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Disgraced Theater Review: Bluntly Provocative, Dramatically Satisfying

disgraced-large-643x441When Amir was a child, he spit in the face of a Jewish classmate, a girl he had a crush on, he says in “Disgraced,” Ayad Akhtar’s bluntly provocative play that has now opened at Broadway’s Lyceum Theater. Amir is explaining to his nephew that he had been imitating his Pakistani-born mother, who had spit in his face when she discovered an affectionate note the girl had written to him in class. “You will end up with a Jew over my dead body,” his mother had said to him.

Now Amir is a successful, hard-charging corporate attorney in New York working for a largely Jewish law firm. He has angrily rejected the Islamic religion of his childhood because of attitudes like his mother’s, changed his name so it is not recognizably Muslim or Pakistani, and married a white woman – not a Jew but a blonde WASP.

His wife, Emily, is an artist who not only incorporates motifs from Islamic art into her paintings but defends Islam from her husband’s attacks. She also inadvertently sets into motion the two plot lines that climax, at a dinner party with another couple, in the most explosive surprises of the play (which I refuse to give away.)

It is easy to argue that the playwright exerts an almost mathematical craftiness in his work: His wily navigation through charged terrain includes putting the anti-Muslim arguments into the mouth of the Muslim character, and giving the non-Muslims the reasonable counter-arguments.

But it is hard to dispute that “Disgraced, which debuted at Lincoln Center’s experimental LCT3 two years ago, introduces a fresh and important new voice to the American stage; the play is in my view deserving of the Pulitzer Prize for Drama that it won. What makes this all the more astonishing is that “Disgraced” was the first play Ayad Akhtar ever wrote (after twenty years of writing fiction and screenplays.) He’s already on his third play, The Invisible Hand, which opens December 8 at New York Theater Workshop.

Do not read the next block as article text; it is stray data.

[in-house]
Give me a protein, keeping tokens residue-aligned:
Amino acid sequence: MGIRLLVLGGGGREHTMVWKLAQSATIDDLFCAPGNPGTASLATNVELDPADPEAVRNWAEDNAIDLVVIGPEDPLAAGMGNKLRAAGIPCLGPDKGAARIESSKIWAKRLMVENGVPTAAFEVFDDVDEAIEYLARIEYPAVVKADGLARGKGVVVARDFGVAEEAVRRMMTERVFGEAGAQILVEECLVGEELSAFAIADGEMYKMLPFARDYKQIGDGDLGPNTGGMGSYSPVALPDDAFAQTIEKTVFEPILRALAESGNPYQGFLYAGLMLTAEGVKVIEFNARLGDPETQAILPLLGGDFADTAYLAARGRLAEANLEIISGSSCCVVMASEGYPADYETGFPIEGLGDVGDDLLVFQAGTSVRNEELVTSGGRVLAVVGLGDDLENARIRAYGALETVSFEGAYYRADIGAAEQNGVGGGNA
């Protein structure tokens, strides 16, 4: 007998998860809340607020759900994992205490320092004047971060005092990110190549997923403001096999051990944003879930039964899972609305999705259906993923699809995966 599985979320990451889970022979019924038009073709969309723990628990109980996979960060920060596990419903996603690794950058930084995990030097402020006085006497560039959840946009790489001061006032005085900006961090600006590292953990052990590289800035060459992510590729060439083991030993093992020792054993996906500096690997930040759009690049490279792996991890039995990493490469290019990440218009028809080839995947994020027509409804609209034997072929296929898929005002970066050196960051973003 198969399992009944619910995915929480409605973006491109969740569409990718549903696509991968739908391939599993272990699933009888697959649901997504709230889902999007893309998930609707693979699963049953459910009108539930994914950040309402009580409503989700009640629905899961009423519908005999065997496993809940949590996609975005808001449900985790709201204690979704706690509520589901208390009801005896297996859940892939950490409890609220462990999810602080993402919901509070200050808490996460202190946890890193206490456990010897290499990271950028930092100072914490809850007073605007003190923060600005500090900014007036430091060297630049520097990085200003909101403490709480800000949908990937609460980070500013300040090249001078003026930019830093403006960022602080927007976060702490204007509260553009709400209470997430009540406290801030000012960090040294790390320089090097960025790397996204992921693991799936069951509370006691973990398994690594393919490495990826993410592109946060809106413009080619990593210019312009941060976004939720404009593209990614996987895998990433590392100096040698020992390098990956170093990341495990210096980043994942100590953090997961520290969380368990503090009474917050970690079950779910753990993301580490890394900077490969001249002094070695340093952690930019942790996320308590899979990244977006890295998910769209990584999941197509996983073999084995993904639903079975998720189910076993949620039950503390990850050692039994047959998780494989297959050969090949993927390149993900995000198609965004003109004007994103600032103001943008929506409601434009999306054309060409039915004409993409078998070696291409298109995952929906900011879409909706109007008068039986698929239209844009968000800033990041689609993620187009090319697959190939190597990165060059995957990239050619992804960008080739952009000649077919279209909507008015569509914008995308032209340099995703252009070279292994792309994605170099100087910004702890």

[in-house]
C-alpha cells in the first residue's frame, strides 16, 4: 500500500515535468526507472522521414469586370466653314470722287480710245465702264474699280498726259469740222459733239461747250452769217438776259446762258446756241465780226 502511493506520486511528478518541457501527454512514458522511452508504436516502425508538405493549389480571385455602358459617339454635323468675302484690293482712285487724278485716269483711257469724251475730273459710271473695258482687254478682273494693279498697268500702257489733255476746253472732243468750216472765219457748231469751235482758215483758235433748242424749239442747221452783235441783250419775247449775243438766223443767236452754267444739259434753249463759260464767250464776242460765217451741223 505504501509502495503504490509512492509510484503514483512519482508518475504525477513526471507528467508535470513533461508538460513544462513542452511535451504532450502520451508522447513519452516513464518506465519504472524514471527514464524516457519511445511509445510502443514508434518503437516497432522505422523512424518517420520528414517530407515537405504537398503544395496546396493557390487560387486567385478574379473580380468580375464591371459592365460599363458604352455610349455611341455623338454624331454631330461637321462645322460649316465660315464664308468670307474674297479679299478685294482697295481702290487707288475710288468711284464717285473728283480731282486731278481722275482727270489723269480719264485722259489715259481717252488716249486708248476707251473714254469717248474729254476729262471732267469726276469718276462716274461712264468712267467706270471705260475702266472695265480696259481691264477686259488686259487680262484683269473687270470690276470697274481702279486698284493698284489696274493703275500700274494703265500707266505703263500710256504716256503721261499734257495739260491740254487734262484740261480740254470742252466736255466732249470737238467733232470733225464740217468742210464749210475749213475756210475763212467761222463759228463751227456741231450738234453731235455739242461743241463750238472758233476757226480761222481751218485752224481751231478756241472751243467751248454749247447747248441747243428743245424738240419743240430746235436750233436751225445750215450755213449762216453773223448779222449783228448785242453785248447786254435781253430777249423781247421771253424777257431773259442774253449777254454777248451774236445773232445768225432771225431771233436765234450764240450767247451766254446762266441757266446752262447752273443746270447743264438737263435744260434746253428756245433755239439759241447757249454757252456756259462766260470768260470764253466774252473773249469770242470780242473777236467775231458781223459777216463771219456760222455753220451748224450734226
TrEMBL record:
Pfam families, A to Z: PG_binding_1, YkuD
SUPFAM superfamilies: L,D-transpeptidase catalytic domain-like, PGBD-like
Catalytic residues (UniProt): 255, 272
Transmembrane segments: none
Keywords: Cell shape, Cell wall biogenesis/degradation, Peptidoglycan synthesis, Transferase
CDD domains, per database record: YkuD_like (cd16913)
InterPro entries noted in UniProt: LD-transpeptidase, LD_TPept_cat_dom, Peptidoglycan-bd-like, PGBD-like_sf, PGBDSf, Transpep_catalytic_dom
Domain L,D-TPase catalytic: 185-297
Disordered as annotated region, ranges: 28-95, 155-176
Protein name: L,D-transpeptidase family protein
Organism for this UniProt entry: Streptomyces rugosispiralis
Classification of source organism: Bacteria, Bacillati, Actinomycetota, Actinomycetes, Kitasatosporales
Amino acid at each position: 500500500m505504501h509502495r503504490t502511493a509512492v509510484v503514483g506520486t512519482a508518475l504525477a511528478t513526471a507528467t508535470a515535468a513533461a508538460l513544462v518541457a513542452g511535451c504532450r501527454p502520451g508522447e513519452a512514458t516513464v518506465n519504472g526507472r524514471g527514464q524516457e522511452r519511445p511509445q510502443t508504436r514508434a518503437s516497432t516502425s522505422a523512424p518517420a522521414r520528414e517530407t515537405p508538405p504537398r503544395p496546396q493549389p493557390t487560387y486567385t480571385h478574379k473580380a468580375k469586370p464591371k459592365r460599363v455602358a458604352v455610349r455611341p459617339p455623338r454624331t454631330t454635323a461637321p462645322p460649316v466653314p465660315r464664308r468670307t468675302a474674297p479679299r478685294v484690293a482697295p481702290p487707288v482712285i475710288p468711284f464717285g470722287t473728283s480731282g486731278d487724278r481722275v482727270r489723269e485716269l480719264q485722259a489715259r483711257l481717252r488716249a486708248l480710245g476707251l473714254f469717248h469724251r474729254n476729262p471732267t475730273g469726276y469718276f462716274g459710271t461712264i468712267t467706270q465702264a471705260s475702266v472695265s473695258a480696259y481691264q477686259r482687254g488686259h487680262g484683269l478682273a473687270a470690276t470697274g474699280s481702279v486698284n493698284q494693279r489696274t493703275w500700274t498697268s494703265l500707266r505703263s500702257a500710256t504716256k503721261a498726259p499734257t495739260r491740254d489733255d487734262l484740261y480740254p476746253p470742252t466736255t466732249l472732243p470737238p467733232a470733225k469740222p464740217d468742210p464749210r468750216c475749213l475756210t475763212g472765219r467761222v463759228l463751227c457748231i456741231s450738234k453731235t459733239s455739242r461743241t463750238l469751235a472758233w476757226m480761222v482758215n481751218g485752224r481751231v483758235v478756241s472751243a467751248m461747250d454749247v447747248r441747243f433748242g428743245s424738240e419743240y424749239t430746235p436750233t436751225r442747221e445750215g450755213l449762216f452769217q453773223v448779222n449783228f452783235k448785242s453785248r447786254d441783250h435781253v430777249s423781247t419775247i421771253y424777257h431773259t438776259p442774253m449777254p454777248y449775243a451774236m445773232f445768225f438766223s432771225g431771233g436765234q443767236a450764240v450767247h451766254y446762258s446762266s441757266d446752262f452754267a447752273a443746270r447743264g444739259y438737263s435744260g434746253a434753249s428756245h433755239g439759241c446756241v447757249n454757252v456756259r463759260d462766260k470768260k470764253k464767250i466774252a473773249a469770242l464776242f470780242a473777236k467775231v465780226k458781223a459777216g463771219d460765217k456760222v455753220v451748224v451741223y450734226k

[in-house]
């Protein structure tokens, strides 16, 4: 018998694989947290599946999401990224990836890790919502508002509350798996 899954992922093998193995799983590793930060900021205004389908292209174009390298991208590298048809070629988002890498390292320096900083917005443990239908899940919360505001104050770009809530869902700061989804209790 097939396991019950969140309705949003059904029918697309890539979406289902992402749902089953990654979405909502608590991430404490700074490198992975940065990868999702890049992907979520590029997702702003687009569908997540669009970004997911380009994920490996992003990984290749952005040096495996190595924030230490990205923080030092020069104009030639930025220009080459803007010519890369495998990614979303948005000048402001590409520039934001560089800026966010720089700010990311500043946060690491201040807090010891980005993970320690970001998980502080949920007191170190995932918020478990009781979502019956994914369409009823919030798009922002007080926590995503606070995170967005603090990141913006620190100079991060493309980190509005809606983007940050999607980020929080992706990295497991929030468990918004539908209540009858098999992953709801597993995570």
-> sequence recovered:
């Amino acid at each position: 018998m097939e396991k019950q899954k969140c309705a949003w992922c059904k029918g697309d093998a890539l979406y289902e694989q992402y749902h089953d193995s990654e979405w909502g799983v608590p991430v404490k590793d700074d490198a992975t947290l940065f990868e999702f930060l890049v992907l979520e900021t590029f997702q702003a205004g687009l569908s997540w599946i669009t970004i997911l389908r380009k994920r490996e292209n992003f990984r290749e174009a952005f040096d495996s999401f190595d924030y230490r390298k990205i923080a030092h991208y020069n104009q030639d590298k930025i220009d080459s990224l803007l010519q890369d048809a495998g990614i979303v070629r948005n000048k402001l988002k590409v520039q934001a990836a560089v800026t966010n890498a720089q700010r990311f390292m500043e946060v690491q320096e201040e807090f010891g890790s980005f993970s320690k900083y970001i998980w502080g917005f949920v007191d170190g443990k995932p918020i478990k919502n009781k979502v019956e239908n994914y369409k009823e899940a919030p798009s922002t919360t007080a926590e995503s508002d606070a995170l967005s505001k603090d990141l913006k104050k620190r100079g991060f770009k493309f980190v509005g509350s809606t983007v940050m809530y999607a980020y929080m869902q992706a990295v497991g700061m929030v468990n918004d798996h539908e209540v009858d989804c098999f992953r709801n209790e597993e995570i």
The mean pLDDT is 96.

Akhtar does not shy away from the kind of in-your-face beliefs that confront us daily in the world outside the theater, and that have even escalated into even greater relevance since its Off-Broadway production; he includes a character (Amir’s nephew) who credibly voices the extremist views of some Muslims. There are fierce debates about Islamic terrorism and of Islam itself.  But what he has created is not just a needed exploration of an urgent clash of world views, but a deeply satisfying dramatic experience.

And, in the Broadway production directed by Kimberly Senior, he has lots of help in making that happen.

Hari Dhillon portrays Amir as somebody who has donned the identity of an arrogant corporate player in order to shield himself from the resentments and vulnerabilities of his ethnic identity. As the play progresses, we see his ambivalence and internal conflicts apparently more clearly than he does. Gretchen Mol,who was so dazzling as Gillian Darmody in the just-completed HBO series “Boardwalk Empire,” is completely transformed as Amir’s demur, intelligent, well-meaning blonde wife Emily. Similarly,  Josh Radnor, who played Ted Mosby for nine years on the CBS series “How I Met Your Mother,” is unrecognizable as Isaac, the bearded Jewish museum curator who is interested in Emily’s art work — and in Emily. He is persuasive as he turns from nerdy and complacent to enraged.  Karen Pittman,  the only one of the actors who is a holdover from the Off-Broadway production, makes the most of her role as Jory, who is Isaac’s wife and Amir’s colleague — and, as it turns out, rival — at the law firm.  That Isaac is Jewish and Jory African-American adds another (crafty) layer to Akhtar’s exploration of ethnic identities and tensions. Rounding out the cast is Danny Ashok as Abe, Amir’s nephew, who has changed his name from Hussein, but, by the end of the play, changes it back.

John Lee Beatty’s set and Jennifer Von Mayrhauser’s costumes establish the outwardly comfortable life of these affluent residents of the Upper East Side. There is never a feeling that the play is satirizing these characters, even when Emily is serving a fennel and anchovy salad or chirping with Isaac about the London art scene. But what “Disgraced” does do, smoothly and theatrically, is confront us one by one with our assumptions and pieties about the culture clash that is defining our era.

Disgraced

At the Lyceum Theater (148 West 45th Street)

By Ayad Akhtar; directed by Kimberly Senior; sets by John Lee Beatty; costumes by Jennifer von Mayrhauser; lighting by Kenneth Posner; sound by Jill BC Du Boff.

Cast: Hari Dhillon (Amir), Gretchen Mol (Emily), Josh Radnor (Isaac), Danny Ashok (Abe) and Karen Pittman (Jory).

Running time: 85 minutes with no intermission.

Tickets: $37.50 – $138.00

Disgraced is scheduled to run through February 15, 2015

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About New York Theater
Jonathan Mandell is a 3rd generation NYC journalist, who sees shows, reads plays, writes reviews and sometimes talks with people.

One Response to Disgraced Theater Review: Bluntly Provocative, Dramatically Satisfying

  1. Pingback: The Invisible Hand Review: Homeland-Like Tension + An Economics Lesson | New York Theater

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